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Clinical case studies have long been recognized as a useful adjunct to problem-based learning and continuing professional development. They emphasize the need for clinical reasoning, integrative thinking, problem-solving, communication, teamwork and self-directed learning - all desirable generic skills for health care professionals. Epilepsy is amongst the most frequently encountered of neurological disorders. There are important emerging clinical management issues (e.g., first seizure, therapy-resistant seizures, ICU, pregnancy) but also differential diagnosis of non-epileptic seizures (syncopy, pseudo-seizure, paroxysmal dystonic syndromes, sleep disorders, psychosis, inborn errors of metabolism, etc.). This selection of epilepsy case studies will inform and challenge clinicians at all stages in their careers. Including both common and uncommon cases, Case Studies in Epilepsy reinforces the diagnostic skills and treatment decision-making processes necessary to treat epilepsy and other seizures confidently. Written by leading experts, the cases and discussions work through differential diagnoses, treatments and social consequences in pediatric and adult patients.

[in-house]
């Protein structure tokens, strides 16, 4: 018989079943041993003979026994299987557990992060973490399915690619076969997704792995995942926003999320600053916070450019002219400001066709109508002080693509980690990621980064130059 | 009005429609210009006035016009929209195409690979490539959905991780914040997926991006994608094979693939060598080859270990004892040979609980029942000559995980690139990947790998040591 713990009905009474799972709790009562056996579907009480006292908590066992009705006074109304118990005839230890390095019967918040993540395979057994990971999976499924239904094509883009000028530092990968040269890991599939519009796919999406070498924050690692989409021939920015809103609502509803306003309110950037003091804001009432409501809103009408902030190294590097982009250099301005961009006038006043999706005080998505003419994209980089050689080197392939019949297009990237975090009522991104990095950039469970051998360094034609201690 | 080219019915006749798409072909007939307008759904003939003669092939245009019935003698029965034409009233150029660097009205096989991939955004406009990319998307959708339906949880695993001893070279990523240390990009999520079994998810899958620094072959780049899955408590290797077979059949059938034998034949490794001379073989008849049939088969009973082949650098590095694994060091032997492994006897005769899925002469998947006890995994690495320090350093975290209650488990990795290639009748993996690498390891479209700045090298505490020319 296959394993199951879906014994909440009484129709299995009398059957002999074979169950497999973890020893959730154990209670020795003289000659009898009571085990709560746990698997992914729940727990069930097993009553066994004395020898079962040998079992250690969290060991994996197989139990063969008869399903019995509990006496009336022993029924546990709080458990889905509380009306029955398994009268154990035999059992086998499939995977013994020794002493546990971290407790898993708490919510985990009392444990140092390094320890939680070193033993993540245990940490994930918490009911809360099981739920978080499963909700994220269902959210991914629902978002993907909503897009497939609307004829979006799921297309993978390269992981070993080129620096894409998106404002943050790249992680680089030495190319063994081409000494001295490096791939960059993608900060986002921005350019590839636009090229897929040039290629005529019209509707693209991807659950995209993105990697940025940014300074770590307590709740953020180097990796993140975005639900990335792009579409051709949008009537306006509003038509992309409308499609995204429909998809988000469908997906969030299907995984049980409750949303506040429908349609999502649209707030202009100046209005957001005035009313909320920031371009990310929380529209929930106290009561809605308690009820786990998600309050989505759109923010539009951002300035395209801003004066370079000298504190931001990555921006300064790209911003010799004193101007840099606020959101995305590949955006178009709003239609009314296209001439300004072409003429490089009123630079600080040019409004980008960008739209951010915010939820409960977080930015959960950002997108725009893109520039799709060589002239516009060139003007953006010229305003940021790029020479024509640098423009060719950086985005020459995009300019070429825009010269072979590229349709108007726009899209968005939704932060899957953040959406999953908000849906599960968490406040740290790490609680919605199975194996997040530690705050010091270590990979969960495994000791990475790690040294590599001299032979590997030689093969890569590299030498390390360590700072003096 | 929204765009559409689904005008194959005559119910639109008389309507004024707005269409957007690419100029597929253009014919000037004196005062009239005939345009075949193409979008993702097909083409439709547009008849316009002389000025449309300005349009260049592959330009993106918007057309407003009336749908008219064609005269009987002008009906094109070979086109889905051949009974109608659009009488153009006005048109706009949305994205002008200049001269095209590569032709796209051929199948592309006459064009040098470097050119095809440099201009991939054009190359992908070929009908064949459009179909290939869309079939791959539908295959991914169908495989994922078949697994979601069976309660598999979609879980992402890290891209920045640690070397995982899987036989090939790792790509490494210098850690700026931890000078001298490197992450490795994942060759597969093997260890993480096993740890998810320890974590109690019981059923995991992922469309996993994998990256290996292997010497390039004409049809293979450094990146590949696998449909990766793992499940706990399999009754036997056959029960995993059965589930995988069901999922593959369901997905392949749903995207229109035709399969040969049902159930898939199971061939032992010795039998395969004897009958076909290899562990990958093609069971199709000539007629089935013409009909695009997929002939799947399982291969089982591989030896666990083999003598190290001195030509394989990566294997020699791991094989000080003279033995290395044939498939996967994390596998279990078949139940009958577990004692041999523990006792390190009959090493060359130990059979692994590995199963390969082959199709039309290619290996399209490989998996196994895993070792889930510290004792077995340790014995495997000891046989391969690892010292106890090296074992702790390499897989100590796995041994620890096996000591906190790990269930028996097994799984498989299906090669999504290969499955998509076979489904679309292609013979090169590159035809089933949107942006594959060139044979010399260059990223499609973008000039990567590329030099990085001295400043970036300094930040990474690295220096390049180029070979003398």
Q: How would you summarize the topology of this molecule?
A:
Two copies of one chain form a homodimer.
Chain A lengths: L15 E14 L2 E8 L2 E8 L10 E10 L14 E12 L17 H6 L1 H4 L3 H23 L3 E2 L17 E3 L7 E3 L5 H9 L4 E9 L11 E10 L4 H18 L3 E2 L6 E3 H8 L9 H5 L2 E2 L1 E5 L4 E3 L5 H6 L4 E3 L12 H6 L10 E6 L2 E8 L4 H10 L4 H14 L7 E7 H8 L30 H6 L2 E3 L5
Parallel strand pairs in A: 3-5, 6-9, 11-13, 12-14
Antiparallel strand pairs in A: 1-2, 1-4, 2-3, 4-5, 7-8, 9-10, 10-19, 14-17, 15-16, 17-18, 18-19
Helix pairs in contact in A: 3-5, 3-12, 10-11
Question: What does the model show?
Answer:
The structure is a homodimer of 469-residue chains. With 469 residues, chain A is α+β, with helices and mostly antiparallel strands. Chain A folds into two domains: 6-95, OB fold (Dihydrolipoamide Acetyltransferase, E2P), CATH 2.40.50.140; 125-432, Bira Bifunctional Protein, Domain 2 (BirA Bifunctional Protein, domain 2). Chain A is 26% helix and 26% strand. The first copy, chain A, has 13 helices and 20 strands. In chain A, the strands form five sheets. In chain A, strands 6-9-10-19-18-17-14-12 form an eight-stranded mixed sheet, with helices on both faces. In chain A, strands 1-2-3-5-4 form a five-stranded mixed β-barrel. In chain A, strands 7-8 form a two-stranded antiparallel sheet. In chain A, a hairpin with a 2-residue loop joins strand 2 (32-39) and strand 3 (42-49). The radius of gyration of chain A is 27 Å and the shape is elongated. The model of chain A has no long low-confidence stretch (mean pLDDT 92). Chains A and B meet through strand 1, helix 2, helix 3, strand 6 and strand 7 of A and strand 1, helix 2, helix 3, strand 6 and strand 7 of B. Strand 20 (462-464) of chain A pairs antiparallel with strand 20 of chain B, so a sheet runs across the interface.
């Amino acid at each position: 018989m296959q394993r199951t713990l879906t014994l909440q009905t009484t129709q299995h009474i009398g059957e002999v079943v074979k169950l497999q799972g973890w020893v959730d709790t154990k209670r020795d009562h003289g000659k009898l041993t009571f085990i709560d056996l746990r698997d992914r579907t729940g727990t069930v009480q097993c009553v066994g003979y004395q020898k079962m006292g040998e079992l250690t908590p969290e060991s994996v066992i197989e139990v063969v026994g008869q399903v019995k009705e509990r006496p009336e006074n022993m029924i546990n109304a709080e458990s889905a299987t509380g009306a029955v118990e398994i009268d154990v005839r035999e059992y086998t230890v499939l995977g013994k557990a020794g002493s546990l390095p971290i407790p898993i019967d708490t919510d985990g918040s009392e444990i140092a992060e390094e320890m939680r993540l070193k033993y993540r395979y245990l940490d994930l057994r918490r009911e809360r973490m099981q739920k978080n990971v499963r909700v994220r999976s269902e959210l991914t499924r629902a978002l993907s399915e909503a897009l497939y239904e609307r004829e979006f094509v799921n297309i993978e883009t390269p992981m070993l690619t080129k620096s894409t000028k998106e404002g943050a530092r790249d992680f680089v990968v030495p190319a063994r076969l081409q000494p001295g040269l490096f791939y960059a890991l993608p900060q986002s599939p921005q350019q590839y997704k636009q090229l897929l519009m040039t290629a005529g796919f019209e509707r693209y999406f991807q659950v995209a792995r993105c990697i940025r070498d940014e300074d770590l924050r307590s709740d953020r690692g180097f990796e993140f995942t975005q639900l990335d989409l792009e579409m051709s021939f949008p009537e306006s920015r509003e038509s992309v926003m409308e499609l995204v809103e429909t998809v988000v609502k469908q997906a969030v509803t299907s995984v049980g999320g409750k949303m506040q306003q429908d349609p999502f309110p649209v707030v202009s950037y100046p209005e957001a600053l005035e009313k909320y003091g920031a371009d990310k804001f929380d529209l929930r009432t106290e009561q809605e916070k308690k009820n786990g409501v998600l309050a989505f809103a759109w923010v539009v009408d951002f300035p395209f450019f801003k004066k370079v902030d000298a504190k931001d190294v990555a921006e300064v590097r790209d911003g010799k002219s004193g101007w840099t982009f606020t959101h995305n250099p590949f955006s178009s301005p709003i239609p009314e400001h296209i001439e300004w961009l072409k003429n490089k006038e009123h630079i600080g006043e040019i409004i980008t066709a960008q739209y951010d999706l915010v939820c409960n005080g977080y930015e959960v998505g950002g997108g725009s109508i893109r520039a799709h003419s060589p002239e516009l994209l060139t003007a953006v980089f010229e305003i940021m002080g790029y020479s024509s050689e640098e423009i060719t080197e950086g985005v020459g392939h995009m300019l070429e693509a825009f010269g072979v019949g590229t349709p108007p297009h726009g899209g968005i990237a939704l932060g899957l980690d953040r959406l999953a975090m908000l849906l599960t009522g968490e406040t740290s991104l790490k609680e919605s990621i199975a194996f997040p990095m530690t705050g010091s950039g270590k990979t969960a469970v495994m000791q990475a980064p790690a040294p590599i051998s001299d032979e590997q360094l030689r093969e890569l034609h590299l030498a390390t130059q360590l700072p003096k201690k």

This chapter presents the diagnostic tests and principles of management for intracerebral hemorrhage (ICH), subdural hematoma (SDH) and extradural hemorrhage (EDH). ICH is twice as common as subarachnoid hemorrhage (SAH) and more likely to result in death or major disability. Cerebrovascular disease (CVD) is the most commonly identified antecedent of epilepsy in adults, accounting for 11% of cases. Intracerebral hemorrhage is the most lethal form of stroke and is a medical emergency. Prompt imaging studies are required because clinical presentation alone is insufficient to differentiate ICH from stroke due to other causes. Scanning with computed tomography (CT) and magnetic resonance imaging (MRI) are first-choice options. Catheter-directed or minimally invasive endoscopic surgery for clot evacuation using tissue-type plasminogen activator may hold promise in selected patients. Retrospective studies of small numbers of patients conclude that the routine use of prophylactic anticonvulsants is of no benefit after clipping or coil embolization.